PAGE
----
US6476791Aug 27, 2001Nov 5, 2002Semiconductor Energy Laboratory Co., Ltd.Peripheral driver circuit of liquid crystal electro-optical device
US6888347Sep 12, 2003May 3, 2005General Electric CompanyOmnidirectional eddy current probes, array probes, and inspection systems
US6897847Oct 3, 2002May 24, 2005Semiconductor Energy Laboratory Co., Ltd.Peripheral driver circuit of liquid crystal electro-optical device
US7015473Sep 30, 2003Mar 21, 2006General Electric CompanyMethod and apparatus for internal feature reconstruction
US7119784May 23, 2005Oct 10, 2006Semiconductor Energy Laboratory Co., Ltd.Peripheral drive circuit of liquid crystal electro-optical device
US7348956Oct 6, 2006Mar 25, 2008Semiconductor Energy Laboratory Co., Ltd.Peripheral driver circuit of liquid crystal electro-optical device
US7932886Jul 3, 2006Apr 26, 2011Seiko Epson CorporationLiquid crystal display device, driving method for liquid crystal display devices, and inspection for liquid crystal display devices
US20090146925 *Dec 5, 2008Jun 11, 2009Myoung-Kwan KimAddress data processing device and method for plasma display panel, and recording medium for storing the method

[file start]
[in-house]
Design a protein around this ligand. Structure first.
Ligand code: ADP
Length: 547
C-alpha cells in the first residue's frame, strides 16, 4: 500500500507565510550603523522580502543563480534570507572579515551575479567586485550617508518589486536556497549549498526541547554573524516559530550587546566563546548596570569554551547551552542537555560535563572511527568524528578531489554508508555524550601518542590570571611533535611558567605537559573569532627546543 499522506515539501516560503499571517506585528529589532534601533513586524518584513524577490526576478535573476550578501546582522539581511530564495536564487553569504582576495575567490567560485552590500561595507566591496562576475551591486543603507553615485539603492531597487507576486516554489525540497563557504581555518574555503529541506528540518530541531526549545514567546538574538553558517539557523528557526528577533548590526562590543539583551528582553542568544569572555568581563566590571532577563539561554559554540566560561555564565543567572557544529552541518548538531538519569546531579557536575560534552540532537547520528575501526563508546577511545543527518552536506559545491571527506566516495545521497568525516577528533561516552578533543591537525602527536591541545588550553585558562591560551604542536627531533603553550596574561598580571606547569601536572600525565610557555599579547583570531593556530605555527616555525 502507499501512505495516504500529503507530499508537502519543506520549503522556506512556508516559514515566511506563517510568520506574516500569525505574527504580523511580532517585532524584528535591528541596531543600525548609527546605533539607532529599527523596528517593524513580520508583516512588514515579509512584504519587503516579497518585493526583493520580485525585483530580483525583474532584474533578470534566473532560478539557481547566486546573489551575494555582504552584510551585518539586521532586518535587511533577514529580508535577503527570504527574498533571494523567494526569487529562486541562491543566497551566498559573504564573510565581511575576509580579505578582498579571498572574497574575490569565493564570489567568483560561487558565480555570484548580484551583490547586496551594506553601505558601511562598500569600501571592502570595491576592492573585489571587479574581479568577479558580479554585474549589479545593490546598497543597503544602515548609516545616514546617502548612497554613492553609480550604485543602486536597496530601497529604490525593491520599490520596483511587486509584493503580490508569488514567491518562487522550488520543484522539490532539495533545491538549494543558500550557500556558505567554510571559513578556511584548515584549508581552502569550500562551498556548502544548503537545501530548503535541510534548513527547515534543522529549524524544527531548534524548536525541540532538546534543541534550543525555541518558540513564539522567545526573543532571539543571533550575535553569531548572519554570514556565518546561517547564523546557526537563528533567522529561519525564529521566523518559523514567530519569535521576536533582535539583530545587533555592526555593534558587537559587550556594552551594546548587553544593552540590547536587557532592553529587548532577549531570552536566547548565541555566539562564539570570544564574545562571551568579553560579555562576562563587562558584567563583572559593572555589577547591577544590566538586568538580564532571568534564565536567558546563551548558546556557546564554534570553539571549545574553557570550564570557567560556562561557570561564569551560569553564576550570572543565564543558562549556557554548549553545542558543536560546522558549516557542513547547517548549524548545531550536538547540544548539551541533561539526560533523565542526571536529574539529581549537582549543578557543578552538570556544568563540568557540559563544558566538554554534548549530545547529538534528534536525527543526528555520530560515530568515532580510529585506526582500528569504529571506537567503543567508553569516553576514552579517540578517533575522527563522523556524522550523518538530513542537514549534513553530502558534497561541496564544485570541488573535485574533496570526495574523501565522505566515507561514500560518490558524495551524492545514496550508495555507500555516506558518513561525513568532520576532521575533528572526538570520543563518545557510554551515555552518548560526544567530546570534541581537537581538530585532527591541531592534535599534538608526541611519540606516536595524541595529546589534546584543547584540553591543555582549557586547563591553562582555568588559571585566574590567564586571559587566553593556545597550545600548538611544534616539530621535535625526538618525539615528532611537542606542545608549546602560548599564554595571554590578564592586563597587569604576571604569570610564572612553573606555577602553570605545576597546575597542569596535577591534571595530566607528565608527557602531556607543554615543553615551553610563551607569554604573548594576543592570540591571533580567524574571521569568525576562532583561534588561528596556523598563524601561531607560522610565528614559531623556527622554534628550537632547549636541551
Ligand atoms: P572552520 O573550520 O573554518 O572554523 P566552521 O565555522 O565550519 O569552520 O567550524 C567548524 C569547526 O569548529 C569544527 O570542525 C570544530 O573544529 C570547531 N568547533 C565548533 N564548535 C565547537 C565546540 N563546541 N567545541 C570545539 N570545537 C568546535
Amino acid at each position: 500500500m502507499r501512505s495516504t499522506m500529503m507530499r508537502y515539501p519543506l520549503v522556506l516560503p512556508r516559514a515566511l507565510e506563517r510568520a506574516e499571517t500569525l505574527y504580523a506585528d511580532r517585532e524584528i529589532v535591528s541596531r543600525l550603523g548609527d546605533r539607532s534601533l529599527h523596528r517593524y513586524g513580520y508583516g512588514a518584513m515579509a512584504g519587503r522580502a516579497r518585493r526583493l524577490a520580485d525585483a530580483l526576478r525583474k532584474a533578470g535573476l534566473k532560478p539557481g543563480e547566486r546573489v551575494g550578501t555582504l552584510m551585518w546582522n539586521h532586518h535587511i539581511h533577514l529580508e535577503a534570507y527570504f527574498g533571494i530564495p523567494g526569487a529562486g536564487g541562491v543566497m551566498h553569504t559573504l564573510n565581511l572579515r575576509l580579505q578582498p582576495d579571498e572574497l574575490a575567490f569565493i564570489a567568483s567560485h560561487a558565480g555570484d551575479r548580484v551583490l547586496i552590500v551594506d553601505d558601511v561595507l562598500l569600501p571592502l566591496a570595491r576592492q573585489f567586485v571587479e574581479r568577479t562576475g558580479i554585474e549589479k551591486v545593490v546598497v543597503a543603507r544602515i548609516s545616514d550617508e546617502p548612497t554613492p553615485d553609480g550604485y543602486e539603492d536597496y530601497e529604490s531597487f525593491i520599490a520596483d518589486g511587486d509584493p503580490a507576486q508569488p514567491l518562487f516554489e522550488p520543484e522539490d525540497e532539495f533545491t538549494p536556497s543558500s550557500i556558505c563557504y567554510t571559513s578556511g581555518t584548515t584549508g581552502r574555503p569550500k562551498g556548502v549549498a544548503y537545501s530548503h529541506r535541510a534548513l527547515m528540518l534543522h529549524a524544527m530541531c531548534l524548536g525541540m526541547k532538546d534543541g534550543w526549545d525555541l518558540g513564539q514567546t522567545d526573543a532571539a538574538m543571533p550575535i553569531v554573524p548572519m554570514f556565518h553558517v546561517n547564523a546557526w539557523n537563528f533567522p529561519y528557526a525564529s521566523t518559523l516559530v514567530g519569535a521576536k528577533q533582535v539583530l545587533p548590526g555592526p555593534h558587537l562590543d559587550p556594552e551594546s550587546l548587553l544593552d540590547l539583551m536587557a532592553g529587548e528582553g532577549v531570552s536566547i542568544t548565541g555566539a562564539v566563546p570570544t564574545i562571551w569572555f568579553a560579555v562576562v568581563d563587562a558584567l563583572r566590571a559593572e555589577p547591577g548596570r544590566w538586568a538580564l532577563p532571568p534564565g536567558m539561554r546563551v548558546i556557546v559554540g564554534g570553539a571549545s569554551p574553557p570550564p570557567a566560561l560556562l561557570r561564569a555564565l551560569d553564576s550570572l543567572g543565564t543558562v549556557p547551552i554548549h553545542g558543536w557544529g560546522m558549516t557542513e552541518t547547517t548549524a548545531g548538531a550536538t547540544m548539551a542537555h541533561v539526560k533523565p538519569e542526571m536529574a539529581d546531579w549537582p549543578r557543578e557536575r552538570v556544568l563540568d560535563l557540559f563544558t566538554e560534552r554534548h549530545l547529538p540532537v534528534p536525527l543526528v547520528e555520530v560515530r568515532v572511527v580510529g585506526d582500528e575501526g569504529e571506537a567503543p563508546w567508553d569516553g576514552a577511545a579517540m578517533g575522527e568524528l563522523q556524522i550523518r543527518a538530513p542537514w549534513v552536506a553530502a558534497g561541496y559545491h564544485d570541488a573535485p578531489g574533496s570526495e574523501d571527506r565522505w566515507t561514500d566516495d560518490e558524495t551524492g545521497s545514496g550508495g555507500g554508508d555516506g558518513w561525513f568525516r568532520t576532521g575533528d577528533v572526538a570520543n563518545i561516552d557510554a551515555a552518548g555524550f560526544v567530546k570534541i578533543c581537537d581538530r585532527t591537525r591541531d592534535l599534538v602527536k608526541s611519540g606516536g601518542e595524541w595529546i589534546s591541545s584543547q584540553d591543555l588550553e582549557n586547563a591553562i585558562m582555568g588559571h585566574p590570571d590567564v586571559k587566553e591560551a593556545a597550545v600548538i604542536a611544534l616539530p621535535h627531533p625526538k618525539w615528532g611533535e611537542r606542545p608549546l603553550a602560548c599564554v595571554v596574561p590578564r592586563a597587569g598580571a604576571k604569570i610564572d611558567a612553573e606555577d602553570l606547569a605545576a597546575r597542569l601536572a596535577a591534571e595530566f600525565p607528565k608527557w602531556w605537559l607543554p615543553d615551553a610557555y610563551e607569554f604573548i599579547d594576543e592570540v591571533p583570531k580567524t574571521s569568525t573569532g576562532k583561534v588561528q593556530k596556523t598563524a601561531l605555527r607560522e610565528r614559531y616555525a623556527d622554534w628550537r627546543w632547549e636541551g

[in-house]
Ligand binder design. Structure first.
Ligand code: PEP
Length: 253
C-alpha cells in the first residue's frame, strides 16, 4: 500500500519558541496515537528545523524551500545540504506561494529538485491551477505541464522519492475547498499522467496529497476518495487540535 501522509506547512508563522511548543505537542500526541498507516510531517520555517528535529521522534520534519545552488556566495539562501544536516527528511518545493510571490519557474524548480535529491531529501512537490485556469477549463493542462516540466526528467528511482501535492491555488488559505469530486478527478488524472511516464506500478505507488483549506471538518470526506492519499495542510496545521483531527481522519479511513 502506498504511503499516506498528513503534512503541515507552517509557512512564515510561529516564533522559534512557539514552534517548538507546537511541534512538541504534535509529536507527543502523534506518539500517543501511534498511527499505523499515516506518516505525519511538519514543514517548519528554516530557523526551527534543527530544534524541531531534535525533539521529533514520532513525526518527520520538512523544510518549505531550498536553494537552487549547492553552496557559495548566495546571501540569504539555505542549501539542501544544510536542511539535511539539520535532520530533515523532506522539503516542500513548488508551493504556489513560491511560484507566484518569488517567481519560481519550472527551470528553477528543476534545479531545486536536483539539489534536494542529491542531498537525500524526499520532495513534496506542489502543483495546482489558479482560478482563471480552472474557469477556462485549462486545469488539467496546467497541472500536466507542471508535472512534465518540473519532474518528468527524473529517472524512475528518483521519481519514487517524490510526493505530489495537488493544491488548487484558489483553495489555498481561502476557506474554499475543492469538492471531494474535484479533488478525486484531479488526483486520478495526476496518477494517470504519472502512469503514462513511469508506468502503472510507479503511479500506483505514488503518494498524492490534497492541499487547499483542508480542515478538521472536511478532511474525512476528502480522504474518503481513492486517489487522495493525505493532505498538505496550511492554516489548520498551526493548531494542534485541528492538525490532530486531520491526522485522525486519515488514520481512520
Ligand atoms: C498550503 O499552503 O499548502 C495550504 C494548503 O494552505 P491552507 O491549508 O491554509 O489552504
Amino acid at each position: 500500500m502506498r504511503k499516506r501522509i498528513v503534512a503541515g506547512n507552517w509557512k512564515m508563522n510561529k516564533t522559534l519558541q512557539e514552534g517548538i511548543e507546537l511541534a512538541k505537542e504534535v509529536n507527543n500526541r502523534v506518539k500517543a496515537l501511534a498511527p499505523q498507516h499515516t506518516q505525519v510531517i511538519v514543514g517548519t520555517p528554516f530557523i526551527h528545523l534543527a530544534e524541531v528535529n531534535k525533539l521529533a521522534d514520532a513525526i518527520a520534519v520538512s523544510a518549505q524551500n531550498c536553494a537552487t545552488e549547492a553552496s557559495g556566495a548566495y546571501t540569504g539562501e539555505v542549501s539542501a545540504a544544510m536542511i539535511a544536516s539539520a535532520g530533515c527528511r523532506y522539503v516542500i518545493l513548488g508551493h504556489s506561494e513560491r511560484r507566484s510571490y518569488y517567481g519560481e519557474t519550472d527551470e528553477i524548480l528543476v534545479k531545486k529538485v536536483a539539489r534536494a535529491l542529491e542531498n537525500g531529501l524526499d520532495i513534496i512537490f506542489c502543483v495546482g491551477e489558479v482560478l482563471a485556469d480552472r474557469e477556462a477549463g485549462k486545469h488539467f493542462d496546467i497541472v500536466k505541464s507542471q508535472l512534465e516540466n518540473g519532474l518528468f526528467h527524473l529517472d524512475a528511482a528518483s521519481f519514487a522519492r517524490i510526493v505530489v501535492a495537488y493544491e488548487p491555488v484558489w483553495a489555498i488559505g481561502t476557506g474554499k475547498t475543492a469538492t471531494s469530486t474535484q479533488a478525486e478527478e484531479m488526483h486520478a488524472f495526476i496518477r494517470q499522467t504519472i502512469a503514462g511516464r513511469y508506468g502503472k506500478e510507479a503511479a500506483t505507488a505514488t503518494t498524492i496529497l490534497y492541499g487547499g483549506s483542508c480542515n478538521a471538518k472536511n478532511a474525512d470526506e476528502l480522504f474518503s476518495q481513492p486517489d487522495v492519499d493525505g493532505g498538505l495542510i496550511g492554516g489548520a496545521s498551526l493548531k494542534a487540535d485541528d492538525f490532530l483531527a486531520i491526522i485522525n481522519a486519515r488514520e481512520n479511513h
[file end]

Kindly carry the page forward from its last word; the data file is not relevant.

Classifications
U.S. Classification345/98, 345/100, 345/88
International ClassificationG09G3/36, G02F1/133, H04N9/31
Cooperative ClassificationG09G3/3648, G09G3/3607, G09G2310/0297, G09G3/3688
European ClassificationG09G3/36B, G09G3/36C14A, G09G3/36C8
Legal Events
DateCodeEventDescription
Feb 22, 1994ASAssignment
Owner name: SHARP KABUSHIKI KAISHA, JAPAN
Free format text: ASSIGNMENT OF ASSIGNORS INTEREST;ASSIGNORS:MIZUKATA, KATSUYA;IEMOTO, TAKAAKI;REEL/FRAME:006897/0674
Effective date: 19940214
Nov 18, 1998FPAYFee payment
Year of fee payment: 4
Aug 29, 2002FPAYFee payment
Year of fee payment: 8
Oct 27, 2006FPAYFee payment
Year of fee payment: 12